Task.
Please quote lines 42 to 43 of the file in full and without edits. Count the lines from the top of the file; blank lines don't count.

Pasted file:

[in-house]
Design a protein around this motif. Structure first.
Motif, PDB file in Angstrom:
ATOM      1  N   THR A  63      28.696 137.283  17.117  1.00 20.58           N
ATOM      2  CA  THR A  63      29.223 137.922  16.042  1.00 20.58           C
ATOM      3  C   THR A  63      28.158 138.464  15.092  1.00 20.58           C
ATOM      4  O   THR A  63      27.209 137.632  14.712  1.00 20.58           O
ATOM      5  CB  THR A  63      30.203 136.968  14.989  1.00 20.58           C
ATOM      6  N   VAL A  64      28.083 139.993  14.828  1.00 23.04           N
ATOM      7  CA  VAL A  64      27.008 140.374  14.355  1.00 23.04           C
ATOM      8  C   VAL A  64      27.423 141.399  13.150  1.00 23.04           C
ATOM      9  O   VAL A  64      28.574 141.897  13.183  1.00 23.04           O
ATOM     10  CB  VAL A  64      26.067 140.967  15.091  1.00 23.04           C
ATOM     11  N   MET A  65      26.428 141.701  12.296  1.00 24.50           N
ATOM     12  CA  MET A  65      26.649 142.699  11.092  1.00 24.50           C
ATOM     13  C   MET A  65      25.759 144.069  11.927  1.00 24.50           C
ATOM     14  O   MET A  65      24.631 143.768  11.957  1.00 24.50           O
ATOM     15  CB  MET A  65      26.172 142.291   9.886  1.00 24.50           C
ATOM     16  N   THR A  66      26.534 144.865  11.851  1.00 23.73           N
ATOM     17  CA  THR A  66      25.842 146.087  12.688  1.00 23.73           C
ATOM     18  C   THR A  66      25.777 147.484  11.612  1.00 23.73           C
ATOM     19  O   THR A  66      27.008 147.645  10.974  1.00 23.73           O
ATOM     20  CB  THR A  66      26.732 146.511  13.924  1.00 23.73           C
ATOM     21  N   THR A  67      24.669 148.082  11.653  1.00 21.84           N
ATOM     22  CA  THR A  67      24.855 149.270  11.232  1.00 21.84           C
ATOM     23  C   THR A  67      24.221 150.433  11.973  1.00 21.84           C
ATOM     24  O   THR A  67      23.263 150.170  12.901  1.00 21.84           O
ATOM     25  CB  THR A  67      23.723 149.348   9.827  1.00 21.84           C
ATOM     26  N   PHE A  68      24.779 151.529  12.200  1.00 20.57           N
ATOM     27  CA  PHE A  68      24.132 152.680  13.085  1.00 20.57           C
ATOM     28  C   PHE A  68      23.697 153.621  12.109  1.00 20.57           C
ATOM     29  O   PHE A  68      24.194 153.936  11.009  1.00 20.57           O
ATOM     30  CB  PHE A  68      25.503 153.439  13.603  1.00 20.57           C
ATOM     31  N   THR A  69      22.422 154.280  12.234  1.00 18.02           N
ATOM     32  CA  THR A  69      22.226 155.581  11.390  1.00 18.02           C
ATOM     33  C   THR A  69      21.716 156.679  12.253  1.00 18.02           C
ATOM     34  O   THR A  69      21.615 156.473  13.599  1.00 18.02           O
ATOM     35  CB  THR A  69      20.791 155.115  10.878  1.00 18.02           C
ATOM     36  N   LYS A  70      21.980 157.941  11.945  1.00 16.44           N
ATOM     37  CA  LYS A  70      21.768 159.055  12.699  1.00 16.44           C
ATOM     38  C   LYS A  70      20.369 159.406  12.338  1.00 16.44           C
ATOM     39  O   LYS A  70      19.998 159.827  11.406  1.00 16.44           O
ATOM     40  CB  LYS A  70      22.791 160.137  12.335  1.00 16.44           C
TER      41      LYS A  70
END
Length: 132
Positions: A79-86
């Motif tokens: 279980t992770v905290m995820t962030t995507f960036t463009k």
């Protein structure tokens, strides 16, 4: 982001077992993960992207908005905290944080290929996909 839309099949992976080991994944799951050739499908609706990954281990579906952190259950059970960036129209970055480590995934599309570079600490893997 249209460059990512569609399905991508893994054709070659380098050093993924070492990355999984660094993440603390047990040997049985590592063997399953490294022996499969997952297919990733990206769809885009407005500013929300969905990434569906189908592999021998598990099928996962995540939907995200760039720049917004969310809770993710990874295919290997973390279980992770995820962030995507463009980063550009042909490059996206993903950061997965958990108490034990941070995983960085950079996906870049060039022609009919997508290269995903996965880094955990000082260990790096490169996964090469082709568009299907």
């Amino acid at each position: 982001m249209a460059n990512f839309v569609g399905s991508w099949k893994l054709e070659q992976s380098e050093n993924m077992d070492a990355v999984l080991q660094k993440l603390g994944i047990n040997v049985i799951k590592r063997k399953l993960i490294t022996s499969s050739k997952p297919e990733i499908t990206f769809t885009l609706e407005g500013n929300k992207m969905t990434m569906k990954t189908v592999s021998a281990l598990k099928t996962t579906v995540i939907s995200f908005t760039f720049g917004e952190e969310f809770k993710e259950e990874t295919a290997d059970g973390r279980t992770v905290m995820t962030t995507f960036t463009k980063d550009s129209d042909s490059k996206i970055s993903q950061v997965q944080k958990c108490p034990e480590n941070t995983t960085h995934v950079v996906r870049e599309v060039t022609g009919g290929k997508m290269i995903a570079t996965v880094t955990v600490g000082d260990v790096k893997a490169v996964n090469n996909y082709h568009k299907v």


ATOM     39  O   LYS A  70      19.998 159.827  11.406  1.00 16.44           O
ATOM     40  CB  LYS A  70      22.791 160.137  12.335  1.00 16.44           C